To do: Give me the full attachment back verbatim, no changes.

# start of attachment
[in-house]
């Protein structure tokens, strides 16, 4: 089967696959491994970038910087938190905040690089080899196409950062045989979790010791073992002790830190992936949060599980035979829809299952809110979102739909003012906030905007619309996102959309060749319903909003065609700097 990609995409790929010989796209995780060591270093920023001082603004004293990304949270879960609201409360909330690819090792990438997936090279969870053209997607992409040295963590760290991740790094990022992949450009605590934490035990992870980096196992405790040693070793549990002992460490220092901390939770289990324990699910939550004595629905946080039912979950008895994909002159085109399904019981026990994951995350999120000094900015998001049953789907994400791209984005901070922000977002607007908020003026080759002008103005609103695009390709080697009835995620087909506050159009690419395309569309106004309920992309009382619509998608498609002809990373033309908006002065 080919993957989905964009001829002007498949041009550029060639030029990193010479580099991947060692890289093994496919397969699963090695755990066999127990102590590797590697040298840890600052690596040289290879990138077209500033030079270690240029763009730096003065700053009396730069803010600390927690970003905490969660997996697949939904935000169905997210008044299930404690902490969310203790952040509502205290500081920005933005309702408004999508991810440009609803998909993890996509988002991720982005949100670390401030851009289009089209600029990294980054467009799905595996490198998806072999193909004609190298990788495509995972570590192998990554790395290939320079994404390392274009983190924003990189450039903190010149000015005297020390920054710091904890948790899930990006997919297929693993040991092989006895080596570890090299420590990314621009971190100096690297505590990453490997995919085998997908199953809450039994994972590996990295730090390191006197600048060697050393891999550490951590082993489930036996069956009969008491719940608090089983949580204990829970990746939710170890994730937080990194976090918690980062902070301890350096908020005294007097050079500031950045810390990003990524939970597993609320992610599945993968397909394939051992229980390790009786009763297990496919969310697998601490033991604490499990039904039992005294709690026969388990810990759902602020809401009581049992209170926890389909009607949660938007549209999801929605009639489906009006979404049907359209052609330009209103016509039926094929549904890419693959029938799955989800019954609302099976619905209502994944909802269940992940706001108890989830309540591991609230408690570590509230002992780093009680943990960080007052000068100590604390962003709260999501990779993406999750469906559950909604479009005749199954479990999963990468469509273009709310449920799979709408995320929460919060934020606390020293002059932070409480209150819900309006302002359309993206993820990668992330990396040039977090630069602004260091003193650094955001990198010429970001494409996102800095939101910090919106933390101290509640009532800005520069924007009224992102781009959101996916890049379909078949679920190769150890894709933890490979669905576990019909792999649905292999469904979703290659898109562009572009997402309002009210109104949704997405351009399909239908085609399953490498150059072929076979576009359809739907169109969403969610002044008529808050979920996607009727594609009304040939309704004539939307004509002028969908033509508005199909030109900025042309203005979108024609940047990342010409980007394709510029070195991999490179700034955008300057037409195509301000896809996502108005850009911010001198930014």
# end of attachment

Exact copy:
[in-house]
């Protein structure tokens, strides 16, 4: 089967696959491994970038910087938190905040690089080899196409950062045989979790010791073992002790830190992936949060599980035979829809299952809110979102739909003012906030905007619309996102959309060749319903909003065609700097 990609995409790929010989796209995780060591270093920023001082603004004293990304949270879960609201409360909330690819090792990438997936090279969870053209997607992409040295963590760290991740790094990022992949450009605590934490035990992870980096196992405790040693070793549990002992460490220092901390939770289990324990699910939550004595629905946080039912979950008895994909002159085109399904019981026990994951995350999120000094900015998001049953789907994400791209984005901070922000977002607007908020003026080759002008103005609103695009390709080697009835995620087909506050159009690419395309569309106004309920992309009382619509998608498609002809990373033309908006002065 080919993957989905964009001829002007498949041009550029060639030029990193010479580099991947060692890289093994496919397969699963090695755990066999127990102590590797590697040298840890600052690596040289290879990138077209500033030079270690240029763009730096003065700053009396730069803010600390927690970003905490969660997996697949939904935000169905997210008044299930404690902490969310203790952040509502205290500081920005933005309702408004999508991810440009609803998909993890996509988002991720982005949100670390401030851009289009089209600029990294980054467009799905595996490198998806072999193909004609190298990788495509995972570590192998990554790395290939320079994404390392274009983190924003990189450039903190010149000015005297020390920054710091904890948790899930990006997919297929693993040991092989006895080596570890090299420590990314621009971190100096690297505590990453490997995919085998997908199953809450039994994972590996990295730090390191006197600048060697050393891999550490951590082993489930036996069956009969008491719940608090089983949580204990829970990746939710170890994730937080990194976090918690980062902070301890350096908020005294007097050079500031950045810390990003990524939970597993609320992610599945993968397909394939051992229980390790009786009763297990496919969310697998601490033991604490499990039904039992005294709690026969388990810990759902602020809401009581049992209170926890389909009607949660938007549209999801929605009639489906009006979404049907359209052609330009209103016509039926094929549904890419693959029938799955989800019954609302099976619905209502994944909802269940992940706001108890989830309540591991609230408690570590509230002992780093009680943990960080007052000068100590604390962003709260999501990779993406999750469906559950909604479009005749199954479990999963990468469509273009709310449920799979709408995320929460919060934020606390020293002059932070409480209150819900309006302002359309993206993820990668992330990396040039977090630069602004260091003193650094955001990198010429970001494409996102800095939101910090919106933390101290509640009532800005520069924007009224992102781009959101996916890049379909078949679920190769150890894709933890490979669905576990019909792999649905292999469904979703290659898109562009572009997402309002009210109104949704997405351009399909239908085609399953490498150059072929076979576009359809739907169109969403969610002044008529808050979920996607009727594609009304040939309704004539939307004509002028969908033509508005199909030109900025042309203005979108024609940047990342010409980007394709510029070195991999490179700034955008300057037409195509301000896809996502108005850009911010001198930014």